Double-Blind Randomized Prospective Study of the Efficacy of Antibiotic Prophylaxis for Open Reduction and Internal Fixation of Closed Ankle Fractures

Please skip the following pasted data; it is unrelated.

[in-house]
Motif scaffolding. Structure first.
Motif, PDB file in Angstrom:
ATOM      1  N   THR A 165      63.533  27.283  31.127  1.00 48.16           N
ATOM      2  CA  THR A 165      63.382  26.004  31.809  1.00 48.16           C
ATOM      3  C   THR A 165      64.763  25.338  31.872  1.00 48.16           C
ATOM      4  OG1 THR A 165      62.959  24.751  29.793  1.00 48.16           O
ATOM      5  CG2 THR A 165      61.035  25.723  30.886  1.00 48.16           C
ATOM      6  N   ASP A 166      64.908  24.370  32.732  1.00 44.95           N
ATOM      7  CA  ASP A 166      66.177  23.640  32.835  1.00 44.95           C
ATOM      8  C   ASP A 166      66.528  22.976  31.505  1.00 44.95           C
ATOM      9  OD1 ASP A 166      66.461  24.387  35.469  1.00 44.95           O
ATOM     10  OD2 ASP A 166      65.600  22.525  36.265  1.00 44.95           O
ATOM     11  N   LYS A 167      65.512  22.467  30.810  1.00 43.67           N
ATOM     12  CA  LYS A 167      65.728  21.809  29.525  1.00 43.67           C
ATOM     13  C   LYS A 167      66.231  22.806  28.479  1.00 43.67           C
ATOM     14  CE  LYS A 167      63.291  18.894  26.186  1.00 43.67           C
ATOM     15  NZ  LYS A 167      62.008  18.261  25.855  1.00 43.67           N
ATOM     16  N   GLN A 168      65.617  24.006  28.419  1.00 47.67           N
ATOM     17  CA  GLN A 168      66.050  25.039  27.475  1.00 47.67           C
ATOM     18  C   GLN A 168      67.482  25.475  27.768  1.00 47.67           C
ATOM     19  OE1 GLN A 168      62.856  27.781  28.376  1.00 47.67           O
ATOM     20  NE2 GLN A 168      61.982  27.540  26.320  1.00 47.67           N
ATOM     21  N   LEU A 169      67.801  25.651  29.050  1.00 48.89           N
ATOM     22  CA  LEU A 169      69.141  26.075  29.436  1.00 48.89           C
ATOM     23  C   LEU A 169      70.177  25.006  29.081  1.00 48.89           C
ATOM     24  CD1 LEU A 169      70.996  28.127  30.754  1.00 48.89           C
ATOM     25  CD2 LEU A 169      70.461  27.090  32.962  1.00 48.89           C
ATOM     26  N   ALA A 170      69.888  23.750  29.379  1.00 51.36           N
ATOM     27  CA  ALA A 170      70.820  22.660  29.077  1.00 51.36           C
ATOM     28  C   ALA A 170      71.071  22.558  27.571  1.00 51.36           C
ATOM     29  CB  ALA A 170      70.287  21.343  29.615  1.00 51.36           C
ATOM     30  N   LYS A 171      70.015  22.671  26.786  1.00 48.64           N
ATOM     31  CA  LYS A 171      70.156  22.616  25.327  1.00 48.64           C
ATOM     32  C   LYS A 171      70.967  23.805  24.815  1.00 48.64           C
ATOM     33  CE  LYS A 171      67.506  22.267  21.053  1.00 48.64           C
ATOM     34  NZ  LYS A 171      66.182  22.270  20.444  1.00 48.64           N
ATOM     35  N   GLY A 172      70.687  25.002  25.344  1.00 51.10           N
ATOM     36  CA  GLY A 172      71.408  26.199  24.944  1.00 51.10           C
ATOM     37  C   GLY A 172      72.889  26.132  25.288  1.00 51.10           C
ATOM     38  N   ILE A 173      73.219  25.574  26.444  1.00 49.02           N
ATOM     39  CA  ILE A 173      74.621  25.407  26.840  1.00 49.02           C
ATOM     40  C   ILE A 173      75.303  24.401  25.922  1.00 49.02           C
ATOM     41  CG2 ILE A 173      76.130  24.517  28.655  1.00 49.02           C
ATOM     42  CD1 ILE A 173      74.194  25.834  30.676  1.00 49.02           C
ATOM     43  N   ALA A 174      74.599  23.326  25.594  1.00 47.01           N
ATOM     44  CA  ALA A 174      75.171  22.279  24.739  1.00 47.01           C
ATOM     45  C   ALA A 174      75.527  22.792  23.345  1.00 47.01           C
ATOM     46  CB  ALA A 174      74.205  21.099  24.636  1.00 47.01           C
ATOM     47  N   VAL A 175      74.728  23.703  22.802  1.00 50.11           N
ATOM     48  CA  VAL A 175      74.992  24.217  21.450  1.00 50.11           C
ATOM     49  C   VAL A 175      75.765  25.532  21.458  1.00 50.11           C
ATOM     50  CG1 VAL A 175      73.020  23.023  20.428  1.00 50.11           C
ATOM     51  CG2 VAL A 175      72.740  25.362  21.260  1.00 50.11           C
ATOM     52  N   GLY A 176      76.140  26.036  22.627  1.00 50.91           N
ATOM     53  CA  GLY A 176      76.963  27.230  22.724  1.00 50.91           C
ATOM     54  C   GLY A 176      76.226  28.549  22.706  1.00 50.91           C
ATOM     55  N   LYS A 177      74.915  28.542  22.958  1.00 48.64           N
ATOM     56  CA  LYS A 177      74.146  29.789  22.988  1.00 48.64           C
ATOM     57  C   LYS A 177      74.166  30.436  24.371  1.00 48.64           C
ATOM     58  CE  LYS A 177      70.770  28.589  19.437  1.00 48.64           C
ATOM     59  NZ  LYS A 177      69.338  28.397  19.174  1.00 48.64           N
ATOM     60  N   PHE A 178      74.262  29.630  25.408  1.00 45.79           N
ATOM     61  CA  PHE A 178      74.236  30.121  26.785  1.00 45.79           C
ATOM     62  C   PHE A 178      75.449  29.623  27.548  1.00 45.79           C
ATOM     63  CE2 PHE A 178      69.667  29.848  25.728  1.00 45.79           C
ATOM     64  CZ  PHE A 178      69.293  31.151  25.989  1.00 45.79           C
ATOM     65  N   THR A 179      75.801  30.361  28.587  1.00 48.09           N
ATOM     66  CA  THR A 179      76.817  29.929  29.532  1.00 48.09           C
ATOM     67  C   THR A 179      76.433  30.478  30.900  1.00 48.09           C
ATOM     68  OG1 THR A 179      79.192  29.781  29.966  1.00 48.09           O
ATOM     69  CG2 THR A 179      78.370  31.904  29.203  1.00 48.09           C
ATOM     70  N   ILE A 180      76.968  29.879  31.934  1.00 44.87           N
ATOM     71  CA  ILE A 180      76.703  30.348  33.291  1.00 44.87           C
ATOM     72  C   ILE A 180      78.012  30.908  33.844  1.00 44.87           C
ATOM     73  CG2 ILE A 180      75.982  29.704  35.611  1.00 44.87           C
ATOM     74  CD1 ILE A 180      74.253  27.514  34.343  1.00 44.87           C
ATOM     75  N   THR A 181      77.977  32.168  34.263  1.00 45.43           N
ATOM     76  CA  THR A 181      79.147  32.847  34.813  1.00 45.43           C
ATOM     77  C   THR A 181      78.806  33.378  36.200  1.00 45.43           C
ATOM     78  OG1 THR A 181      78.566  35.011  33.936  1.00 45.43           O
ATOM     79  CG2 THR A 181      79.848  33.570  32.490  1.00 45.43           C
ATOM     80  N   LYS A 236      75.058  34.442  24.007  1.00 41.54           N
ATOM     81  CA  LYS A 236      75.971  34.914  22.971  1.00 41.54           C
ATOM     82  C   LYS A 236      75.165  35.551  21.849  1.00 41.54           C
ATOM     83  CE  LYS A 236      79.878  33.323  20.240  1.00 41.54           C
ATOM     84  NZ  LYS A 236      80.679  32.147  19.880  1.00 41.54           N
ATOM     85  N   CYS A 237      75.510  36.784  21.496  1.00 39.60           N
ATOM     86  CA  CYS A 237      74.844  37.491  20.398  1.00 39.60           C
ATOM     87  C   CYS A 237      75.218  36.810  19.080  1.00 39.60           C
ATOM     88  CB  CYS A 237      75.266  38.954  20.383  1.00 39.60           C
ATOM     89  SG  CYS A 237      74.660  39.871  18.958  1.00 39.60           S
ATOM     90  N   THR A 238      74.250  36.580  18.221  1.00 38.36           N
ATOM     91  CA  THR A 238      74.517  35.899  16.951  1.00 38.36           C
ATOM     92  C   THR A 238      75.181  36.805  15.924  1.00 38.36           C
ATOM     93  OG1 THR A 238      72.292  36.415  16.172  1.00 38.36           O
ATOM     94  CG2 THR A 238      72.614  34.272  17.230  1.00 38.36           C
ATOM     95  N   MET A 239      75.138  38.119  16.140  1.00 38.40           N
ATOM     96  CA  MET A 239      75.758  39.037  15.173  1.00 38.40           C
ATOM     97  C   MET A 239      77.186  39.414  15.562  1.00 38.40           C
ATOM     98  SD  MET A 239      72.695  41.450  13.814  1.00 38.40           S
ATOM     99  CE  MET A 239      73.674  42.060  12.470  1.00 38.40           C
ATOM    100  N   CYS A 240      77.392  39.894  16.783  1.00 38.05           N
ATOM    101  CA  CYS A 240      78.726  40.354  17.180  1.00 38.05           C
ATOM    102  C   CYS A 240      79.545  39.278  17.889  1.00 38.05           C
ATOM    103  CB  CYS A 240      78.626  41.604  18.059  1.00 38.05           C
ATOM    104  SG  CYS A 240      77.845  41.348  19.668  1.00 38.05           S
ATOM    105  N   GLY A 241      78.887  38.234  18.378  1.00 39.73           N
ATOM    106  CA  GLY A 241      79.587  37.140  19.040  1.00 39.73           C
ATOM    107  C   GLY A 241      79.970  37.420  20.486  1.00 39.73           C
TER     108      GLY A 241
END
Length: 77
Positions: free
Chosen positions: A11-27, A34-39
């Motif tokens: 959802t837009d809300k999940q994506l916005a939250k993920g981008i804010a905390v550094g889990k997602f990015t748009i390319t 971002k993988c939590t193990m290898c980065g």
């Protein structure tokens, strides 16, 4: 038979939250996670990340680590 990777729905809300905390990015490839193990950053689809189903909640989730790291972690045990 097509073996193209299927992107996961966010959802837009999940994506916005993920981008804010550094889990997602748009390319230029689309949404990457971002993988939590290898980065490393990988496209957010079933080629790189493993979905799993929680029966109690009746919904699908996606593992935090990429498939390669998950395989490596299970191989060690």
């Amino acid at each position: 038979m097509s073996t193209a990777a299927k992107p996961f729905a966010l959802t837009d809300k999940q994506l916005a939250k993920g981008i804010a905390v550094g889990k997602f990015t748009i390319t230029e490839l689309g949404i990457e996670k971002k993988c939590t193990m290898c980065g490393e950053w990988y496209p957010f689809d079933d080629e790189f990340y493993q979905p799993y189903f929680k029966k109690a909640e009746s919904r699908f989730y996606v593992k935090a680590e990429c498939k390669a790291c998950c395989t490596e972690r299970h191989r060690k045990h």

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Antibioprophylaxis has been proven to be efficient for some orthopaedic procedures. However, its efficacy for clean limited procedures with metallic implants is not clear. One hundred twenty-two closed ankle fracture patients undergoing open reduction and internal fixation were randomized, double-blindly, to receive either cephalotin (1 g i.v. every 6 h x four doses) or a placebo starting before tourniquet application. Mean trauma-surgery delay was 30.2 h, and average tourniquet duration was 65.4 min. Four patients (three of 62 on placebo and one of 60 on cephalotin) developed a superficial wound infection. One of the patients in the placebo group was hospitalized and treated with i.v. antibiotics. However, there was no osteomyelitis or premature hardware removal. The difference between the two groups was not statistically significant (x2 test of appreciation p = 0.33, two-tailed probabilities). Therefore, cephalotin prophylaxis does not seem justified in this patient population. A larger series is needed to avoid a type II error.

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